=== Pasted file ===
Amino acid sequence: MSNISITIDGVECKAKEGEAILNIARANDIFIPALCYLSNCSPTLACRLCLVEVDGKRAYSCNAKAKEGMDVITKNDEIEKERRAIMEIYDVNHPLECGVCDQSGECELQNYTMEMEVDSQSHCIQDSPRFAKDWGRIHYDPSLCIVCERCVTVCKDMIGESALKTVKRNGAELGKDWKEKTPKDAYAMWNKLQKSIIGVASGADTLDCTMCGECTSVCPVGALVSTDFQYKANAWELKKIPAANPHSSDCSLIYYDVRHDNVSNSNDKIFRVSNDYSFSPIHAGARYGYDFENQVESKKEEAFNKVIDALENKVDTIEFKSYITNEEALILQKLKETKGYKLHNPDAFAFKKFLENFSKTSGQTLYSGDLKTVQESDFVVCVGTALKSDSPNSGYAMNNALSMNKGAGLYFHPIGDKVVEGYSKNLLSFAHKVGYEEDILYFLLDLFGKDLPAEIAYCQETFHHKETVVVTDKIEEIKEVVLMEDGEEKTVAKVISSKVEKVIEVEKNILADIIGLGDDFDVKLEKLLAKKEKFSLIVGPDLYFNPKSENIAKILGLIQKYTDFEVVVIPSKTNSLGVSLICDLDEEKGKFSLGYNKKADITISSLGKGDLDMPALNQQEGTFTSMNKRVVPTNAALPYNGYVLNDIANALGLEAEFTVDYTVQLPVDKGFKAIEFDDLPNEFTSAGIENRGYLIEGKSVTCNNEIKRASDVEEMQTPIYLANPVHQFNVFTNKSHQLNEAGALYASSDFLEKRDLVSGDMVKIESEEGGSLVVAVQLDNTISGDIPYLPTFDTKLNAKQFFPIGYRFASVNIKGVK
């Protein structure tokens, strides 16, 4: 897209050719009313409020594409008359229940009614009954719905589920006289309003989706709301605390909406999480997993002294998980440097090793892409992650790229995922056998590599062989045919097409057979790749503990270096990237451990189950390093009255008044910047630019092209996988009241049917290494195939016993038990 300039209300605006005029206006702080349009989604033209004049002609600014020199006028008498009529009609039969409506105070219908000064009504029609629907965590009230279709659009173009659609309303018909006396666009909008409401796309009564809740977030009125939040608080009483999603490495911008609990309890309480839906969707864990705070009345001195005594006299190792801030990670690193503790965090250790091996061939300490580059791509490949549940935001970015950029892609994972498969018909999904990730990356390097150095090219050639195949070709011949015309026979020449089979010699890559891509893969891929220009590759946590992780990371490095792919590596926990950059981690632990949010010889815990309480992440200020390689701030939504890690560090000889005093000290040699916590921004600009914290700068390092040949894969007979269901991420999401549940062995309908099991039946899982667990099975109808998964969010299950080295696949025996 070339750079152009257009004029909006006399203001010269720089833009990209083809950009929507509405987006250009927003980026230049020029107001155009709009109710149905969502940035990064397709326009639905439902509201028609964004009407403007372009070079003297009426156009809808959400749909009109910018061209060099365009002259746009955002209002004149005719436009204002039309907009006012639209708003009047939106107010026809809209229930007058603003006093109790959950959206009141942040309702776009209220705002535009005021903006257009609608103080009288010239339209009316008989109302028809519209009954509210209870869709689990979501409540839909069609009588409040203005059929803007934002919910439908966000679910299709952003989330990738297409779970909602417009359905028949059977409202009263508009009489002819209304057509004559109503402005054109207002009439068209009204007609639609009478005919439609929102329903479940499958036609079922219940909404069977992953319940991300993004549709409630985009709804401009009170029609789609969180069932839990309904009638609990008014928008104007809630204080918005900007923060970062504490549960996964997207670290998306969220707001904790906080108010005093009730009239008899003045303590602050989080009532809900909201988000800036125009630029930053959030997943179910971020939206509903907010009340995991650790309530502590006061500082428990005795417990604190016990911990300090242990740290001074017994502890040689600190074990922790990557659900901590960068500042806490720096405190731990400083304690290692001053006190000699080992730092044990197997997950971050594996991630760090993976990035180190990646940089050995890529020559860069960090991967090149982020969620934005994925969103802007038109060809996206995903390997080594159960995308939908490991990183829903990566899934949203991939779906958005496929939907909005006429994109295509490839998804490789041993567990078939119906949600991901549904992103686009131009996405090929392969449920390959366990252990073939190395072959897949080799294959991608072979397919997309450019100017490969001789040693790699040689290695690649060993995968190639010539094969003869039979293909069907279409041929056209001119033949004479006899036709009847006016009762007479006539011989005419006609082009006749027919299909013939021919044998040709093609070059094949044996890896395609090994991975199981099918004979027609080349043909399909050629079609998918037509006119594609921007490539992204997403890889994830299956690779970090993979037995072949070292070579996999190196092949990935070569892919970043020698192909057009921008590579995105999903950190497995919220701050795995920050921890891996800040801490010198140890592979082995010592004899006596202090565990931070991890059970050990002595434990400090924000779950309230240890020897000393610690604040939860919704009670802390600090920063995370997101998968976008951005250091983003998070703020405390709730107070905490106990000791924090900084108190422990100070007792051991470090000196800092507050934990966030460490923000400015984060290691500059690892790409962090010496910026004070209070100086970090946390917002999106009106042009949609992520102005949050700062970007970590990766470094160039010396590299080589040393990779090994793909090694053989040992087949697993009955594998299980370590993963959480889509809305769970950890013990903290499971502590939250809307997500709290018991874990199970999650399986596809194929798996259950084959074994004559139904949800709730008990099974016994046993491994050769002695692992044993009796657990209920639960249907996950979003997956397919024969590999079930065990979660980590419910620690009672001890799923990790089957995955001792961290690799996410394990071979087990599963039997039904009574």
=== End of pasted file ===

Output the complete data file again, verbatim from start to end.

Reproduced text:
Amino acid sequence: MSNISITIDGVECKAKEGEAILNIARANDIFIPALCYLSNCSPTLACRLCLVEVDGKRAYSCNAKAKEGMDVITKNDEIEKERRAIMEIYDVNHPLECGVCDQSGECELQNYTMEMEVDSQSHCIQDSPRFAKDWGRIHYDPSLCIVCERCVTVCKDMIGESALKTVKRNGAELGKDWKEKTPKDAYAMWNKLQKSIIGVASGADTLDCTMCGECTSVCPVGALVSTDFQYKANAWELKKIPAANPHSSDCSLIYYDVRHDNVSNSNDKIFRVSNDYSFSPIHAGARYGYDFENQVESKKEEAFNKVIDALENKVDTIEFKSYITNEEALILQKLKETKGYKLHNPDAFAFKKFLENFSKTSGQTLYSGDLKTVQESDFVVCVGTALKSDSPNSGYAMNNALSMNKGAGLYFHPIGDKVVEGYSKNLLSFAHKVGYEEDILYFLLDLFGKDLPAEIAYCQETFHHKETVVVTDKIEEIKEVVLMEDGEEKTVAKVISSKVEKVIEVEKNILADIIGLGDDFDVKLEKLLAKKEKFSLIVGPDLYFNPKSENIAKILGLIQKYTDFEVVVIPSKTNSLGVSLICDLDEEKGKFSLGYNKKADITISSLGKGDLDMPALNQQEGTFTSMNKRVVPTNAALPYNGYVLNDIANALGLEAEFTVDYTVQLPVDKGFKAIEFDDLPNEFTSAGIENRGYLIEGKSVTCNNEIKRASDVEEMQTPIYLANPVHQFNVFTNKSHQLNEAGALYASSDFLEKRDLVSGDMVKIESEEGGSLVVAVQLDNTISGDIPYLPTFDTKLNAKQFFPIGYRFASVNIKGVK
């Protein structure tokens, strides 16, 4: 897209050719009313409020594409008359229940009614009954719905589920006289309003989706709301605390909406999480997993002294998980440097090793892409992650790229995922056998590599062989045919097409057979790749503990270096990237451990189950390093009255008044910047630019092209996988009241049917290494195939016993038990 300039209300605006005029206006702080349009989604033209004049002609600014020199006028008498009529009609039969409506105070219908000064009504029609629907965590009230279709659009173009659609309303018909006396666009909008409401796309009564809740977030009125939040608080009483999603490495911008609990309890309480839906969707864990705070009345001195005594006299190792801030990670690193503790965090250790091996061939300490580059791509490949549940935001970015950029892609994972498969018909999904990730990356390097150095090219050639195949070709011949015309026979020449089979010699890559891509893969891929220009590759946590992780990371490095792919590596926990950059981690632990949010010889815990309480992440200020390689701030939504890690560090000889005093000290040699916590921004600009914290700068390092040949894969007979269901991420999401549940062995309908099991039946899982667990099975109808998964969010299950080295696949025996 070339750079152009257009004029909006006399203001010269720089833009990209083809950009929507509405987006250009927003980026230049020029107001155009709009109710149905969502940035990064397709326009639905439902509201028609964004009407403007372009070079003297009426156009809808959400749909009109910018061209060099365009002259746009955002209002004149005719436009204002039309907009006012639209708003009047939106107010026809809209229930007058603003006093109790959950959206009141942040309702776009209220705002535009005021903006257009609608103080009288010239339209009316008989109302028809519209009954509210209870869709689990979501409540839909069609009588409040203005059929803007934002919910439908966000679910299709952003989330990738297409779970909602417009359905028949059977409202009263508009009489002819209304057509004559109503402005054109207002009439068209009204007609639609009478005919439609929102329903479940499958036609079922219940909404069977992953319940991300993004549709409630985009709804401009009170029609789609969180069932839990309904009638609990008014928008104007809630204080918005900007923060970062504490549960996964997207670290998306969220707001904790906080108010005093009730009239008899003045303590602050989080009532809900909201988000800036125009630029930053959030997943179910971020939206509903907010009340995991650790309530502590006061500082428990005795417990604190016990911990300090242990740290001074017994502890040689600190074990922790990557659900901590960068500042806490720096405190731990400083304690290692001053006190000699080992730092044990197997997950971050594996991630760090993976990035180190990646940089050995890529020559860069960090991967090149982020969620934005994925969103802007038109060809996206995903390997080594159960995308939908490991990183829903990566899934949203991939779906958005496929939907909005006429994109295509490839998804490789041993567990078939119906949600991901549904992103686009131009996405090929392969449920390959366990252990073939190395072959897949080799294959991608072979397919997309450019100017490969001789040693790699040689290695690649060993995968190639010539094969003869039979293909069907279409041929056209001119033949004479006899036709009847006016009762007479006539011989005419006609082009006749027919299909013939021919044998040709093609070059094949044996890896395609090994991975199981099918004979027609080349043909399909050629079609998918037509006119594609921007490539992204997403890889994830299956690779970090993979037995072949070292070579996999190196092949990935070569892919970043020698192909057009921008590579995105999903950190497995919220701050795995920050921890891996800040801490010198140890592979082995010592004899006596202090565990931070991890059970050990002595434990400090924000779950309230240890020897000393610690604040939860919704009670802390600090920063995370997101998968976008951005250091983003998070703020405390709730107070905490106990000791924090900084108190422990100070007792051991470090000196800092507050934990966030460490923000400015984060290691500059690892790409962090010496910026004070209070100086970090946390917002999106009106042009949609992520102005949050700062970007970590990766470094160039010396590299080589040393990779090994793909090694053989040992087949697993009955594998299980370590993963959480889509809305769970950890013990903290499971502590939250809307997500709290018991874990199970999650399986596809194929798996259950084959074994004559139904949800709730008990099974016994046993491994050769002695692992044993009796657990209920639960249907996950979003997956397919024969590999079930065990979660980590419910620690009672001890799923990790089957995955001792961290690799996410394990071979087990599963039997039904009574």